DNS Abuse Forum - May 25

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Taking Permission

Permission is always a hot topic in email marketing. Permission is key! the experts tell us. Get permission to send email! the ISPs tell us.

Marketers have responded by setting up processes to "get" permission from recipients before adding them to mailing lists. They point to their privacy polices and signup forms and say "Look! the recipient gave us permission."

In many cases, though, the permission isn't given to the sender, permission is taken from the recipient.

Yes, permission is being TAKEN by the sender. At the point of address collection many senders set the default to be the recipient gets mail. These processes take any notion of giving permission out of the equation. The recipient doesn't have to give permission, permission is assumed.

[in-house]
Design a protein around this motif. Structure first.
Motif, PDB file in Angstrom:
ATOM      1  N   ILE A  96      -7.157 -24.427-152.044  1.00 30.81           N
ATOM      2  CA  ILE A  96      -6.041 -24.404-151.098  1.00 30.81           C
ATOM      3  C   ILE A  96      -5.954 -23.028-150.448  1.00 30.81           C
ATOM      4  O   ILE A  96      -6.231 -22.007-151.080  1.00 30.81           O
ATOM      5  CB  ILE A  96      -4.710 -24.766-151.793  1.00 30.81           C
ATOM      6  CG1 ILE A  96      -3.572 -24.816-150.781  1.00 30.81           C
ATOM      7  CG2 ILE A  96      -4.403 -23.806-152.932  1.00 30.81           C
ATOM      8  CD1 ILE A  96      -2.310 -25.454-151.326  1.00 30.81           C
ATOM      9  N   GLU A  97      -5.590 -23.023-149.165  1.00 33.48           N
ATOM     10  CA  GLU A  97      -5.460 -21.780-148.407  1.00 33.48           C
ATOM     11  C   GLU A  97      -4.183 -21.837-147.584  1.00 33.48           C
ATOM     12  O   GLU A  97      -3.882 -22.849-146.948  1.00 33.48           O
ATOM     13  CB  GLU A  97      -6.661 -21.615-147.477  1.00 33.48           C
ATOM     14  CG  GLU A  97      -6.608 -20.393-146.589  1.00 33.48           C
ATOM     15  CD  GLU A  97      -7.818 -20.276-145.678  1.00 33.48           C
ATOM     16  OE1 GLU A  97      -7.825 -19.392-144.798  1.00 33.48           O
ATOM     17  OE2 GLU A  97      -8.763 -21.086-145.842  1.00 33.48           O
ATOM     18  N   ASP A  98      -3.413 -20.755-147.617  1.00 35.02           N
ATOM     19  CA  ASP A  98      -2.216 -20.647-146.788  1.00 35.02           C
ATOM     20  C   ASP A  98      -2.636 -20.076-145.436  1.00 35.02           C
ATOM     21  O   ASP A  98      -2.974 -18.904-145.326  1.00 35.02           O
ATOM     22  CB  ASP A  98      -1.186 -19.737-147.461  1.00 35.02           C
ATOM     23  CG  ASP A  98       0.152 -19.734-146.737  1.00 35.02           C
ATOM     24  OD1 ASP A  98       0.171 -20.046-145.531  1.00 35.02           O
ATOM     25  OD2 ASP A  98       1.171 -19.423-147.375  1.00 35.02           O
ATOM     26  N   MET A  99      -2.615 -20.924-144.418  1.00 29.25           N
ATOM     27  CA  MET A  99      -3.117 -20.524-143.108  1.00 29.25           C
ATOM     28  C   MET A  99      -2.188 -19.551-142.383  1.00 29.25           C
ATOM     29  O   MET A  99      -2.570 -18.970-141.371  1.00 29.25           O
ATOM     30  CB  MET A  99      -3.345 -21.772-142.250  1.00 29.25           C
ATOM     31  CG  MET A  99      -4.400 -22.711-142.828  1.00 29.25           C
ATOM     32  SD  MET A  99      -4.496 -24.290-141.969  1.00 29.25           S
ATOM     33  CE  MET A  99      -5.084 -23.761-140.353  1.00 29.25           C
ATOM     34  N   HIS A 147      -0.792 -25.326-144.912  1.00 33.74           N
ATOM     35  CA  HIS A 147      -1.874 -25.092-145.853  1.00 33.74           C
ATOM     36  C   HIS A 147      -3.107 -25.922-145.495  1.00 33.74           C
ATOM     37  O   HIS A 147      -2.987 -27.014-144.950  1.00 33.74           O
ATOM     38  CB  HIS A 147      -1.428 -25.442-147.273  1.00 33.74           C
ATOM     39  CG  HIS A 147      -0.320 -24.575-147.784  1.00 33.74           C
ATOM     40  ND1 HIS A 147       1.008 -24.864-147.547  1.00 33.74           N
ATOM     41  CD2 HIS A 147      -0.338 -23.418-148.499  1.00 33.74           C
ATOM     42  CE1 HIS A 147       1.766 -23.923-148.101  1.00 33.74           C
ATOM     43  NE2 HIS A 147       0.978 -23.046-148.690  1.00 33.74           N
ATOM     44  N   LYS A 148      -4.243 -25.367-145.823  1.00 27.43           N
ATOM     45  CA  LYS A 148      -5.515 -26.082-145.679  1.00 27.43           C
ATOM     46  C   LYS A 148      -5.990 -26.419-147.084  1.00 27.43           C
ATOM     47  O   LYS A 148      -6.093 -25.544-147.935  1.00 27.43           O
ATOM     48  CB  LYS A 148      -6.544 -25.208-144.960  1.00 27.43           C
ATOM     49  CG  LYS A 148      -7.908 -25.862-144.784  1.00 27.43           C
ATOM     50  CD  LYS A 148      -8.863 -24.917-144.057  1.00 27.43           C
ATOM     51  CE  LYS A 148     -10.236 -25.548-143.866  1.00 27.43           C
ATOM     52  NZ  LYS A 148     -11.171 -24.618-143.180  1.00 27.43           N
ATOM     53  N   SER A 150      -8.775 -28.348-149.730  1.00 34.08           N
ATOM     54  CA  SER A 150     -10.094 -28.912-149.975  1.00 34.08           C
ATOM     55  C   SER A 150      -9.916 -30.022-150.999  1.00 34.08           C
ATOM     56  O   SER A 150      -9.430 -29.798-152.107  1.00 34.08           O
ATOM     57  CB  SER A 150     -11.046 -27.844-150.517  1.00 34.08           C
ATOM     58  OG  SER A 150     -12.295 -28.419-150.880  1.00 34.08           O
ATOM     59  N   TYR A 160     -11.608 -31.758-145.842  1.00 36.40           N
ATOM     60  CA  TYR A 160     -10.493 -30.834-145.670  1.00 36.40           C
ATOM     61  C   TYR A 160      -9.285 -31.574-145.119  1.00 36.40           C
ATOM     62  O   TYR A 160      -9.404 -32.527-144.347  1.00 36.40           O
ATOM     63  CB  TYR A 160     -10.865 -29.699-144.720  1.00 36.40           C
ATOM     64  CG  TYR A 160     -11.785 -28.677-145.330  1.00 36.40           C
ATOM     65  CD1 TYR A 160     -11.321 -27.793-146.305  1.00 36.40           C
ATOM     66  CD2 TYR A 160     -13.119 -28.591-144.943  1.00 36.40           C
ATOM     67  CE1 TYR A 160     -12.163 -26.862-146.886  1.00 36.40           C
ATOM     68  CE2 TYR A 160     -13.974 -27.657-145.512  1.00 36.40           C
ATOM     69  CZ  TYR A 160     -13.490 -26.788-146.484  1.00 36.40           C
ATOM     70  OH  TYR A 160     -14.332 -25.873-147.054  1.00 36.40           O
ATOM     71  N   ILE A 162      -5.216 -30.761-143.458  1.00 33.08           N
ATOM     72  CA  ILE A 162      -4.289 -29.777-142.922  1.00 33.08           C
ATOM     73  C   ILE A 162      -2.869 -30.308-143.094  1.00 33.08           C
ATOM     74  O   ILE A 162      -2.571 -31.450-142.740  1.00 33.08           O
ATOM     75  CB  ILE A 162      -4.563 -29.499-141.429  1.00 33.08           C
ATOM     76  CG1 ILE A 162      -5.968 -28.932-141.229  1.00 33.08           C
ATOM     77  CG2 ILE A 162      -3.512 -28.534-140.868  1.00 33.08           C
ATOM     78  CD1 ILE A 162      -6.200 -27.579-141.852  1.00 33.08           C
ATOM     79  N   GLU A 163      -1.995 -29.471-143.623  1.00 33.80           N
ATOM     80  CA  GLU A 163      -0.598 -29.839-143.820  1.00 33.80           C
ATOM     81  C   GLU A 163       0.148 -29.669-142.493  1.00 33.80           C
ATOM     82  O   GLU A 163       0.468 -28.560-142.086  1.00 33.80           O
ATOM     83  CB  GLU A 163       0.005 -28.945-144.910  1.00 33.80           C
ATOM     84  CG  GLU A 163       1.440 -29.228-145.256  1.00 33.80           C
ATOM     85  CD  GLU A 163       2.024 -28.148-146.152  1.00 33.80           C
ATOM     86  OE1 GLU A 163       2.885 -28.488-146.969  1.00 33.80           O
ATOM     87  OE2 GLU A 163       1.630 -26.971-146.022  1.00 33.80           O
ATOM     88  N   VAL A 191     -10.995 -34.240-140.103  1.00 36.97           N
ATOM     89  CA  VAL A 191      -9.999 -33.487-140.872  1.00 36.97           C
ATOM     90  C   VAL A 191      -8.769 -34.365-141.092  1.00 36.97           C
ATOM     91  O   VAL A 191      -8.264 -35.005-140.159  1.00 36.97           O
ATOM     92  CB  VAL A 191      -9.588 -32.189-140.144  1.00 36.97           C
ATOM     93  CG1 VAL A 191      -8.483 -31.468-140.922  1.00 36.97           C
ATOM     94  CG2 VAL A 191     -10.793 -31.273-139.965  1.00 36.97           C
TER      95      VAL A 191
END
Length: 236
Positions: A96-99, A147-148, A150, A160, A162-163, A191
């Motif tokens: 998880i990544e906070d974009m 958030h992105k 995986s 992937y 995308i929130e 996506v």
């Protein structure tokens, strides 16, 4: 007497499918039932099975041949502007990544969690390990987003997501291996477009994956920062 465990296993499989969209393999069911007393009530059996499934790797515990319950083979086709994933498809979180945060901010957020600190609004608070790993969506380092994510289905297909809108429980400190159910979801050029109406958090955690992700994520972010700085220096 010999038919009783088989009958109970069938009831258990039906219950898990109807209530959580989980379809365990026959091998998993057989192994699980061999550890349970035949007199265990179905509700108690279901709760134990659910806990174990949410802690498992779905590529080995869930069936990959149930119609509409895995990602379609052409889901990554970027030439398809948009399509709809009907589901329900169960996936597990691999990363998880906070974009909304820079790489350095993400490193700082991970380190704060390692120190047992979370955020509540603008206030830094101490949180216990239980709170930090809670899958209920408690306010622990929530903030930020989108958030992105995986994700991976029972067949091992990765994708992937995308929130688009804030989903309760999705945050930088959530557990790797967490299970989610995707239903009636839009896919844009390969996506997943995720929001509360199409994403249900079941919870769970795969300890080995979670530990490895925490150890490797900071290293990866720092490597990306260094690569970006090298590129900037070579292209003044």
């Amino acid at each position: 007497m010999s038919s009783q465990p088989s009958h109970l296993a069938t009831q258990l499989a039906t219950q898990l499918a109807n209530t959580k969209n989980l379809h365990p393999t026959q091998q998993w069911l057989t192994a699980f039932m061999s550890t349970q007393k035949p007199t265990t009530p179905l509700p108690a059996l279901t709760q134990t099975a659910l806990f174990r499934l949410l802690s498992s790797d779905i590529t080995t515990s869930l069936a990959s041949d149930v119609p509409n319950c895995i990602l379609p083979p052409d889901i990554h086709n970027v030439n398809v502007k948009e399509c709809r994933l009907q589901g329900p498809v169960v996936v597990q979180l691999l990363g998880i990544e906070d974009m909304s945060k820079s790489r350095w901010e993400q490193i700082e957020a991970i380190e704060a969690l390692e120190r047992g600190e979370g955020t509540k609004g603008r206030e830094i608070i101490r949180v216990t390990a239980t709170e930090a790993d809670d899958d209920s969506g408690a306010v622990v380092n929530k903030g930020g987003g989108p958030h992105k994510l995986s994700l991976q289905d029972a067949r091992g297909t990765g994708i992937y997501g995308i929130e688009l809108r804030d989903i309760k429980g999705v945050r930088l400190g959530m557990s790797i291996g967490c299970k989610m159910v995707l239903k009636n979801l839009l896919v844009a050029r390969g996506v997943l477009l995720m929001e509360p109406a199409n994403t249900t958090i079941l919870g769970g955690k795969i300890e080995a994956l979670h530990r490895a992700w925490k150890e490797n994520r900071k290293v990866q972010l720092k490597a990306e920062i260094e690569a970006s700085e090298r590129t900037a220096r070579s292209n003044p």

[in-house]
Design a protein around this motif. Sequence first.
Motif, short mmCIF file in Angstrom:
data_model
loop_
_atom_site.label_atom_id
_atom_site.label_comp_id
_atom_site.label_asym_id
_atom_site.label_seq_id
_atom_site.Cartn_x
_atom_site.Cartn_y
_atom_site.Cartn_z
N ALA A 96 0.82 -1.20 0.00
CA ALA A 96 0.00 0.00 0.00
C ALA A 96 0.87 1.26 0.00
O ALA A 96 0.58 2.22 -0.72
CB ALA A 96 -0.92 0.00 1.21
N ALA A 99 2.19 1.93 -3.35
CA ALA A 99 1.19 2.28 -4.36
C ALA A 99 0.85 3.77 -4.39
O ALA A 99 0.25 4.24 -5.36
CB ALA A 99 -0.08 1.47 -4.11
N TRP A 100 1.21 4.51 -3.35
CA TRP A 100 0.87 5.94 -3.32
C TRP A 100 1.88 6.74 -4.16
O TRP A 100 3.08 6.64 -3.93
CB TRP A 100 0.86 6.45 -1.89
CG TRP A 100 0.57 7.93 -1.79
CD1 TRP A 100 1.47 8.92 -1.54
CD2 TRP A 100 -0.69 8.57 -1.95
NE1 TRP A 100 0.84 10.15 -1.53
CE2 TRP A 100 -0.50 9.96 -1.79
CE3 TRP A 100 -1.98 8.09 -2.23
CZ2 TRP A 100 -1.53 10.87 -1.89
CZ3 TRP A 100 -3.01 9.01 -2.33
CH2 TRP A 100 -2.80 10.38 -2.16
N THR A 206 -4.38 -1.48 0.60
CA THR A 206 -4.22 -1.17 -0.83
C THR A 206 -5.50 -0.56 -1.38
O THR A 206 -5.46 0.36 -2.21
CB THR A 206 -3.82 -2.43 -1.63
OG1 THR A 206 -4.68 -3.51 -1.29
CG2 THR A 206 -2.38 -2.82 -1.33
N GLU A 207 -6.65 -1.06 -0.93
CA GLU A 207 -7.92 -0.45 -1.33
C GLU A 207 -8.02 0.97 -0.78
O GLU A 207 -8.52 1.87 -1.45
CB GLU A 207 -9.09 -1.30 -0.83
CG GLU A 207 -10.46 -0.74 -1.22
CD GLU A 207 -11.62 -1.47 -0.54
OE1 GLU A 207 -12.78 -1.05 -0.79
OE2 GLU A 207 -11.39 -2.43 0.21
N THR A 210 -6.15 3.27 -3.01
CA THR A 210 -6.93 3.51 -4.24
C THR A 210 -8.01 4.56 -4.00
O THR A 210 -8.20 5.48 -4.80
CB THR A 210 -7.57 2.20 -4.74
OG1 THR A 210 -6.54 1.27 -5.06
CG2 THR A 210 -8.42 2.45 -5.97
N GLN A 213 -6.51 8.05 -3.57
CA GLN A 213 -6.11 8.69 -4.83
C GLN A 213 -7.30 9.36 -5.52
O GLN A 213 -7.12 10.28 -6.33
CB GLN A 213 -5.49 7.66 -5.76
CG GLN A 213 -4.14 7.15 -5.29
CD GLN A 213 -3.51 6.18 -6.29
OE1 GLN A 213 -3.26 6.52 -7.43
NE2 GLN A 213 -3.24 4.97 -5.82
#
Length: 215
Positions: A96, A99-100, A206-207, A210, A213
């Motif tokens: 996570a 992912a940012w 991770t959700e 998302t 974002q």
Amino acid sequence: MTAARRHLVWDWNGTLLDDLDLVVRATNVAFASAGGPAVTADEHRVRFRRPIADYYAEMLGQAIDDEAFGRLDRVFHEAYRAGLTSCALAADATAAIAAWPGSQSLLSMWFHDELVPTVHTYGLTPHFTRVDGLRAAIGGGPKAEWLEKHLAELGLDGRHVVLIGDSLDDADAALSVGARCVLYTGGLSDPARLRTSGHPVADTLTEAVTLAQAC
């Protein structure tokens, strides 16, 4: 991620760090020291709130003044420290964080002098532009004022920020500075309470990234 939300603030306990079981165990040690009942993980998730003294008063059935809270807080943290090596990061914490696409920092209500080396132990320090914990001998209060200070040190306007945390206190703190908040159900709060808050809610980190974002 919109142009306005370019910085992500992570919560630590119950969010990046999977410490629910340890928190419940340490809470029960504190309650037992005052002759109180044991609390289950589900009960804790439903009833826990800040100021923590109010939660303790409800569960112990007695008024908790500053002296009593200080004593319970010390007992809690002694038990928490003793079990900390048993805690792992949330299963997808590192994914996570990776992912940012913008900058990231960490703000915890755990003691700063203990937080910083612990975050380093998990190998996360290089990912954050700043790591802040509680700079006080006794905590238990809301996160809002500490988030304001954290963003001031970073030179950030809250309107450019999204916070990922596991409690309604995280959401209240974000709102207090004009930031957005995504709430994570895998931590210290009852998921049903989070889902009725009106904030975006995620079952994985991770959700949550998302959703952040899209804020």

This isn't real permission. No process that requires the user to take action to stop themselves from being opted in is real permission. A default state of yes takes the actual opt-in step away from the recipient.

Permission just isn't about saying "well, we told the user if they gave us an email address we'd send them mail and they gave us an email address anyway." Permission is about giving the recipients a choice in what they want to receive. All too often senders take permission from recipients instead of asking for permission to be given.

By Laura Atkins, Founding partner of anti-spam consultancy & software firm Word to the Wise

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Co-designer of the TCP/IP Protocols & the Architecture of the Internet

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DNS Abuse Forum - May 25